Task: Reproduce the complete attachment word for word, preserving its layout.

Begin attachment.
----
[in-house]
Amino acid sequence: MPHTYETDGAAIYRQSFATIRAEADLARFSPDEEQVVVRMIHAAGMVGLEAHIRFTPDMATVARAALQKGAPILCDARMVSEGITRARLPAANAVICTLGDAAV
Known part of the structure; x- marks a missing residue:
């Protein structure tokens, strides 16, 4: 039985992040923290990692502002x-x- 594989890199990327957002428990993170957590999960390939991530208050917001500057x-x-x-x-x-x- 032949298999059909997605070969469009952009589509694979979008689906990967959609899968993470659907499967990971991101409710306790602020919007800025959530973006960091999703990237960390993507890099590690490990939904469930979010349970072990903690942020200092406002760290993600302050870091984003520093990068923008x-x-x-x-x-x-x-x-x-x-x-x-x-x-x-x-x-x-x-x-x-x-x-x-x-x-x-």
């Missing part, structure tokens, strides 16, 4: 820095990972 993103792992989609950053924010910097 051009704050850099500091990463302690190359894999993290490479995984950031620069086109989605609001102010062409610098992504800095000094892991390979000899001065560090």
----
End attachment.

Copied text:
[in-house]
Amino acid sequence: MPHTYETDGAAIYRQSFATIRAEADLARFSPDEEQVVVRMIHAAGMVGLEAHIRFTPDMATVARAALQKGAPILCDARMVSEGITRARLPAANAVICTLGDAAV
Known part of the structure; x- marks a missing residue:
């Protein structure tokens, strides 16, 4: 039985992040923290990692502002x-x- 594989890199990327957002428990993170957590999960390939991530208050917001500057x-x-x-x-x-x- 032949298999059909997605070969469009952009589509694979979008689906990967959609899968993470659907499967990971991101409710306790602020919007800025959530973006960091999703990237960390993507890099590690490990939904469930979010349970072990903690942020200092406002760290993600302050870091984003520093990068923008x-x-x-x-x-x-x-x-x-x-x-x-x-x-x-x-x-x-x-x-x-x-x-x-x-x-x-």
């Missing part, structure tokens, strides 16, 4: 820095990972 993103792992989609950053924010910097 051009704050850099500091990463302690190359894999993290490479995984950031620069086109989605609001102010062409610098992504800095000094892991390979000899001065560090």